• Part D is a good choice if you have Original Medicare, or if you have a Medicare Advantage Plan ― not a health maintenance organization (HMO) or preferred provider organization (PPO) ― that doesn’t have prescription drug coverage.
  • You pay a penalty if you wait to enroll in a Part D plan, unless you have creditable coverage from an employer-sponsored group plan.
  • If you don’t require medications now, you can enroll in a low-premium Part D plan to avoid late enrollment penalties later.
Medicare Supplement Insurance Plans (Medigap) Some Georgia seniors purchase a Medicare Supplement Insurance policy, also known as Medigap. These plans are intended to fill in the gaps Original Medicare doesn’t cover. Some of these gaps include medical coverage while overseas, Part A and Part B copays, and excess Part B charges. Medigap doesn’t pay for anything related to Medicare Advantage. You cannot have a Medigap plan and a Medicare Advantage Plan at the same time.

  • Medigap is a good choice if you have Original Medicare and want help paying for out-of-pocket expenses you incur when you access your Part A and Part B benefits.
  • You pay a monthly premium, and most copays and coinsurance costs are covered.
  • If you have significant health care needs, want the freedom to see any Medicare provider without network restrictions, a Medigap plan offers predictable coverage and costs for Medicare-covered care.
  • Medigap doesn’t cover prescription drugs or other benefits like dental and vision.

Medicare in Georgia by the Numbers

People enrolled in Original Medicare  Average plan cost Annual state spending per beneficiary Spending per beneficiary compared to the national average
1,003,307 Plan A: $0 to $499 per month*

Plan B: $170.10 per month**

$10,328 -9.00%

*Most people pay no premium, but this can vary depending on how long they paid Medicare taxes.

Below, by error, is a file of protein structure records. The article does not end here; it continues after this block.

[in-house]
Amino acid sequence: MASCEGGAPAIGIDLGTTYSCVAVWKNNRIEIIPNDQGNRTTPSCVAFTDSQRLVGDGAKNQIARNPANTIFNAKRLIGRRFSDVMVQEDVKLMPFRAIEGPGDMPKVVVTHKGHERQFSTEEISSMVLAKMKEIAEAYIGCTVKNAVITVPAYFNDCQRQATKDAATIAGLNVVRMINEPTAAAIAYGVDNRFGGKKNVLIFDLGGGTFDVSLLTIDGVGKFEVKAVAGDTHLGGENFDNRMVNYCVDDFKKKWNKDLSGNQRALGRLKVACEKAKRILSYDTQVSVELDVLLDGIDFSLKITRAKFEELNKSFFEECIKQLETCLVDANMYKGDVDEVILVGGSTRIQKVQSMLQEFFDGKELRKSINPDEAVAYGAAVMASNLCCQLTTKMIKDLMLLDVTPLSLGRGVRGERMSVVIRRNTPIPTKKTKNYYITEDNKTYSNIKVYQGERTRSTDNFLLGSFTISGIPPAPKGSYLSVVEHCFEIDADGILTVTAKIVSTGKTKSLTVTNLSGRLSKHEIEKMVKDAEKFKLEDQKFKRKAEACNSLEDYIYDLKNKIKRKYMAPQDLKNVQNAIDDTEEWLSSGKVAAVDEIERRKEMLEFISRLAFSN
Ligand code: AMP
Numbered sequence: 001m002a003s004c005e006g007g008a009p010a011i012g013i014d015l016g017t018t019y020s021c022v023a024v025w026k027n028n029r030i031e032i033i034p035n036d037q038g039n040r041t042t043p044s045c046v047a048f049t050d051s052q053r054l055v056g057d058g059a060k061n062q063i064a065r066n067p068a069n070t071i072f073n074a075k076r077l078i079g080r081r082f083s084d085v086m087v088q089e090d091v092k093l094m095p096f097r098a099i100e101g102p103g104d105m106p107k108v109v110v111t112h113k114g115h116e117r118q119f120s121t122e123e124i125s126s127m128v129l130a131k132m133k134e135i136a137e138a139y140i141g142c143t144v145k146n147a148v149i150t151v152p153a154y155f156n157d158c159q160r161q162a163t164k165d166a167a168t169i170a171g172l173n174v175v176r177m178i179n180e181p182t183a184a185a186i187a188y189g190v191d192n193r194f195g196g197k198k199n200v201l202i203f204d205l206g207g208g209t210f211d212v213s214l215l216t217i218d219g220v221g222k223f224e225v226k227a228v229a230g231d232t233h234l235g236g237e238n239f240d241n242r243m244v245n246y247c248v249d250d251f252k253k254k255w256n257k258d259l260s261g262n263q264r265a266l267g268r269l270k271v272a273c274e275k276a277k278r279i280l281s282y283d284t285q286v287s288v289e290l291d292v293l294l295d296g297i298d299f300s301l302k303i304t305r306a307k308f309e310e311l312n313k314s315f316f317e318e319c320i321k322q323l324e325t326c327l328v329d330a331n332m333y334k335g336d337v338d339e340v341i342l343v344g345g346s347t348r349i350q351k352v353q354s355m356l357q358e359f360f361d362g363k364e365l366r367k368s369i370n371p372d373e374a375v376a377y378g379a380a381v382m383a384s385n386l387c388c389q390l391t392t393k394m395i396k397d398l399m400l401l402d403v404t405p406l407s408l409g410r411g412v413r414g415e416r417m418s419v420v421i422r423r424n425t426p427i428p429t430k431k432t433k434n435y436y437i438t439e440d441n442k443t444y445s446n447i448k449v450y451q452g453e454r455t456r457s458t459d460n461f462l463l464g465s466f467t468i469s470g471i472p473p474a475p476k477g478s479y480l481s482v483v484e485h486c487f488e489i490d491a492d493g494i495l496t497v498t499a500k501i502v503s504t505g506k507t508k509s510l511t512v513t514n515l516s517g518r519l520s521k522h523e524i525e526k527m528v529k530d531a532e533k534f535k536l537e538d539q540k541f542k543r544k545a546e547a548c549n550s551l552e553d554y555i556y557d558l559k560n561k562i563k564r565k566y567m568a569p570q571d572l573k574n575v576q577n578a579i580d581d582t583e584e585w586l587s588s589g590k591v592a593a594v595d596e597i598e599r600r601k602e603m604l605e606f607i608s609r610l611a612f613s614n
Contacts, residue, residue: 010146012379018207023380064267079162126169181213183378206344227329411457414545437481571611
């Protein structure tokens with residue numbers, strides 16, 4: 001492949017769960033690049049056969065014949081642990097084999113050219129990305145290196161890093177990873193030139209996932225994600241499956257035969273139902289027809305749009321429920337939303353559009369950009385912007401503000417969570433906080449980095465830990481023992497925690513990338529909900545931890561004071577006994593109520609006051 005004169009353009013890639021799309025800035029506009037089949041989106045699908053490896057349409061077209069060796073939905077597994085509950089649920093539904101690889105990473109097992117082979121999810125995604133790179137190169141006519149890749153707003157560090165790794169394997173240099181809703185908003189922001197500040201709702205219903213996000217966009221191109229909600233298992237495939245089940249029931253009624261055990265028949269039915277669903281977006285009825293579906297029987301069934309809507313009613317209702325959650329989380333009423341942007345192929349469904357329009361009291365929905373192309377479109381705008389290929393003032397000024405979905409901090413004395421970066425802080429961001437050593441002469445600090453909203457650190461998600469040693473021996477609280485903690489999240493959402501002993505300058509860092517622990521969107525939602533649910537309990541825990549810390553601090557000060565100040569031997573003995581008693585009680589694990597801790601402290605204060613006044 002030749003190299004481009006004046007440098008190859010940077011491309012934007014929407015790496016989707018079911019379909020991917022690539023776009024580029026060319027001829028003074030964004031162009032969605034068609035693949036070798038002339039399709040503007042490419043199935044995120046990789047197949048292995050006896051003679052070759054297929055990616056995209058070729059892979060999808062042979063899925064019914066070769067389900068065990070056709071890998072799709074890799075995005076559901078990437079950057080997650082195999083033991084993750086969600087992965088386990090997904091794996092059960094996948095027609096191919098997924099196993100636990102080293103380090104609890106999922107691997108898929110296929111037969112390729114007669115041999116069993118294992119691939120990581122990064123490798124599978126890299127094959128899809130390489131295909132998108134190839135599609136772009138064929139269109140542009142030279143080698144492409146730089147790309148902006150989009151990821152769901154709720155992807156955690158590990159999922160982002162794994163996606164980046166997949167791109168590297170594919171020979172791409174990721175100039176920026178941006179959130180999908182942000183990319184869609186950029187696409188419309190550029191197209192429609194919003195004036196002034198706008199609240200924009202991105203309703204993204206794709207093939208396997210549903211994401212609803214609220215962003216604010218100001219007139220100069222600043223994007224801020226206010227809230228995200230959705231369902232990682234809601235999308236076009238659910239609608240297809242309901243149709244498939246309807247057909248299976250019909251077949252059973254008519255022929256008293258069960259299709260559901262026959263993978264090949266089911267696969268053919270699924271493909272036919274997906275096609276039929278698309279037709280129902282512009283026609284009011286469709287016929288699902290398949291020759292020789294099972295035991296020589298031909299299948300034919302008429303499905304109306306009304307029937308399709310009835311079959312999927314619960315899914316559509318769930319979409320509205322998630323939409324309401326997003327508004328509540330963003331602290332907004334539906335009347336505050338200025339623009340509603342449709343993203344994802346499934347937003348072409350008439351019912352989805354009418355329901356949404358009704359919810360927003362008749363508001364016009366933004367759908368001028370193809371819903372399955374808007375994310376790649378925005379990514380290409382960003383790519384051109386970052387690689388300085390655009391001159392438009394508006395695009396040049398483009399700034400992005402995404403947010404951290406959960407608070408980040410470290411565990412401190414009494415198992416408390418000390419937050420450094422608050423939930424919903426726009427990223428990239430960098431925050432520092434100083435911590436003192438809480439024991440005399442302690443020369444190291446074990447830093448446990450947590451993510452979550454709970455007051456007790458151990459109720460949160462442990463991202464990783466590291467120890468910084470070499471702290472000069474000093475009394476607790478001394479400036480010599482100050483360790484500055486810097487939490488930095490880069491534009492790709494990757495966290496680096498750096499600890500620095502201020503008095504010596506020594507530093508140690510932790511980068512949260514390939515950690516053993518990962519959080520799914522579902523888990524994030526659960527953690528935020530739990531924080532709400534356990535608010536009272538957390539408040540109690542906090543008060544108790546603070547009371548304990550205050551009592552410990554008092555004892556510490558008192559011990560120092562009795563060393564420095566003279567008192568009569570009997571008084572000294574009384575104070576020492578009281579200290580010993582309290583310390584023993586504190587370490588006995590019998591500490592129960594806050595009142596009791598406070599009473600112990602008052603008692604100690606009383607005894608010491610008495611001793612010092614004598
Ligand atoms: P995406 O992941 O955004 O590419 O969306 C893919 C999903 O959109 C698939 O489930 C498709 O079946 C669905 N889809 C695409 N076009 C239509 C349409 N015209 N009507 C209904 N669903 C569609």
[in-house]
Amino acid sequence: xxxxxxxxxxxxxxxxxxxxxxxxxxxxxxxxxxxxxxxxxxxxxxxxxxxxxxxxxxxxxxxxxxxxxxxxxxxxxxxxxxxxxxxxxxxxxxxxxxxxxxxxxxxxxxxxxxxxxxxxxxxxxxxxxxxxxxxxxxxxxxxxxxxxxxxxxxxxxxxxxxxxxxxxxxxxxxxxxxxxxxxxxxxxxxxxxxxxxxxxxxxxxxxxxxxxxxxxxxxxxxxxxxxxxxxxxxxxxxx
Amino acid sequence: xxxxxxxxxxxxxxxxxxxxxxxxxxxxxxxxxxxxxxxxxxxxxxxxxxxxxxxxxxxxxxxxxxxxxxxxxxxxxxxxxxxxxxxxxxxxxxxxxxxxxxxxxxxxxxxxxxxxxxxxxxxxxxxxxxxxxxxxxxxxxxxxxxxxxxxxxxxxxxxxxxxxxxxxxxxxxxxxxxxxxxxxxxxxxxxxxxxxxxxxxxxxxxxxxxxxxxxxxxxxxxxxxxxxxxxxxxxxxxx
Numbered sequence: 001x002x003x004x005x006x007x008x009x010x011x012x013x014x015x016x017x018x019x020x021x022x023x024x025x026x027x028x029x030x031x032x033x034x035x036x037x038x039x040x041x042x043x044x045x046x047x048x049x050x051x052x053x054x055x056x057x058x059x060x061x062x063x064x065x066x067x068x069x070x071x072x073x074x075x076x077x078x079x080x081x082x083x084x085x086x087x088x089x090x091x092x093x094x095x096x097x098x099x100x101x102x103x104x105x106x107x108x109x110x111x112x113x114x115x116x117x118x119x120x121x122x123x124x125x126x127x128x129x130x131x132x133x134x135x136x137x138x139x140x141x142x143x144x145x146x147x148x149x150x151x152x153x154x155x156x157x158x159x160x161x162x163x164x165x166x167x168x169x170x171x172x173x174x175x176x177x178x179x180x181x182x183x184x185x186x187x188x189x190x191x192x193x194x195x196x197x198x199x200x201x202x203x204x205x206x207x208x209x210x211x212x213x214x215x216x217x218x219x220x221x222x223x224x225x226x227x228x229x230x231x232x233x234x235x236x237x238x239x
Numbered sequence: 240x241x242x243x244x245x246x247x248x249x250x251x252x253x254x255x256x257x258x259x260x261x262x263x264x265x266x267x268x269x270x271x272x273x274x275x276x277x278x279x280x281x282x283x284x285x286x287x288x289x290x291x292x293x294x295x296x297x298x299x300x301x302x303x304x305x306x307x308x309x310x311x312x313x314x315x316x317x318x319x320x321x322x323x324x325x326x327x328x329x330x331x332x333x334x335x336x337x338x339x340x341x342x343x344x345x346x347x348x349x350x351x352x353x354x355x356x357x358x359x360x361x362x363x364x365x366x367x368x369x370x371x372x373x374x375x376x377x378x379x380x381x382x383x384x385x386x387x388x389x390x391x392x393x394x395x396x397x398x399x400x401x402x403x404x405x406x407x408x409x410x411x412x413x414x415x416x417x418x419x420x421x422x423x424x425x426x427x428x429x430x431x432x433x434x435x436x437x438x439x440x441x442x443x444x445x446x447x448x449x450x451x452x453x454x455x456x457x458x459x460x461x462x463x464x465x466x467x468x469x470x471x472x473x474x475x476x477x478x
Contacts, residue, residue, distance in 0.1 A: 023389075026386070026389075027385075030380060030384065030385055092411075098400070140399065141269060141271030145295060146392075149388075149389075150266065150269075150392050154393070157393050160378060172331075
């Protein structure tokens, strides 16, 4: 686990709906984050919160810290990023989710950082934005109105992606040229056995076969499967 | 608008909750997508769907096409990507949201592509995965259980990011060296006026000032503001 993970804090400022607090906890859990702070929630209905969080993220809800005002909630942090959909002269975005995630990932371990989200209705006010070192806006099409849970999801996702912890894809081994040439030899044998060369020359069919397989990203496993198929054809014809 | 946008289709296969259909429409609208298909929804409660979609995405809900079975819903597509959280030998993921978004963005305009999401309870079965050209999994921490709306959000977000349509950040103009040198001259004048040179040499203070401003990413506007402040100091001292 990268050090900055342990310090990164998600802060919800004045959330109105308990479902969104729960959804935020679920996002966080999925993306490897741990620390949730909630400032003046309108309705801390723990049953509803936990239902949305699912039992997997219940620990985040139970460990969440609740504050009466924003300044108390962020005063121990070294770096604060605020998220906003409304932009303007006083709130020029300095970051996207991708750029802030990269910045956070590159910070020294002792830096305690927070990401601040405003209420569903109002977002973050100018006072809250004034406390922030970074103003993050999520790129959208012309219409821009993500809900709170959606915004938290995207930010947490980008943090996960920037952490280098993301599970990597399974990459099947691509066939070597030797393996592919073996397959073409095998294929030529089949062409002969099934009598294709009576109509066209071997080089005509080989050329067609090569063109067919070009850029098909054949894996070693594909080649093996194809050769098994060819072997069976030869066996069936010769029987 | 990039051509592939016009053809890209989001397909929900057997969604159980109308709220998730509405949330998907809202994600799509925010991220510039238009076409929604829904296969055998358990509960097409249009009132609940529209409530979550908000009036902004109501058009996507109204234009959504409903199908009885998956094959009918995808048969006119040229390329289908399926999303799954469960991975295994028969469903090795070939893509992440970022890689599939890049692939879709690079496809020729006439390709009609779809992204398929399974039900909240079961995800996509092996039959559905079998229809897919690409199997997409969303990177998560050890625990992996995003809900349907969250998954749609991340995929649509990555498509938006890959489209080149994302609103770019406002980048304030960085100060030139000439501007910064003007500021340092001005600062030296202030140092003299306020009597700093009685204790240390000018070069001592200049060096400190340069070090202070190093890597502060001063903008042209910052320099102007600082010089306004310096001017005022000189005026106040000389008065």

**This is the average number, but it can vary based on income.

Medicare Resources in Georgia

Getting support can help when you’re making Medicare decisions. Georgia has numerous locations where enrollees can receive help through the State Health Insurance Program (SHIP), also known as GeorgiaCares. GeorgiaCares has counselors throughout the state that work with local nonprofits and public health agencies, as well as Area Agencies on Aging (AAAs), to provide seniors with Medicare information.

Legacy Link, headquartered in Gainesville, is a nonprofit AAA that serves seniors residing in the 13-county Georgia Mountains area. The organization partners with GeorgiaCares counselors to give Medicare advice and assistance to local seniors. Seniors can also receive education about Medicare fraud and abuse. Legacy Link also may screen beneficiaries to determine their eligibility for financial assistance. It organizes group presentations for seniors and individual counseling is also available.

Contact information: Website | (770) 538-2650 or (866) 552-4464 and select option 4 (GeorgiaCares toll-free line)

Action Pact

Action Pact is a community service organization with offices in Waycross and Reidsville. It partners with the GeorgiaCares program to help local seniors understand Medicare and the services offered. The counselors help beneficiaries file Medicare claims and appeals and sort through and understand their medical bills. You can call the center or the toll-free GeorgiaCares line for more information and assistance.

Contact information: Website | (912) 285-6083 (Waycross Office), (912) 557-6687 (Reidsville Office), or (866) 552-4464 and press 4 (GeorgiaCares toll-free line)

Athens Community Council on Aging

The Athens Community Council on Aging (ACCA) is a private nonprofit organization that provides aging services to more than a dozen Georgia counties. In partnership with GeorgiaCares, ACCA provides free counseling and assistance with health insurance-related issues for beneficiaries and caregivers in the area. All ACCA Medicare services through GeorgiaCares are free of charge. Counselors are not affiliated with any insurance company and provide unbiased opinions.

Contact information: Website | (706) 549-4850 or (866) 552-4464 and press 4 (GeorgiaCares toll-free line)

Northwest Georgia Area Agency on Aging

The Northwest Georgia Area Agency on Aging provides free Medicare assistance for Georgia’s senior and disabled population, their families, and other beneficiaries. The organization serves 15 counties in the state’s northwest corner and helps with the state’s long-term care insurance through the GeorgiaCares program. It also provides prescription drug assistance and assists seniors in finding the best plan for their needs. Like other locations that work with the GeorgiaCares program, all of the services related to Medicare education are free.

Contact information: Website | (866) 552-4464 or (866) 552-4464 and press 4 (GeorgiaCares toll-free line)

Learn More from Our Sources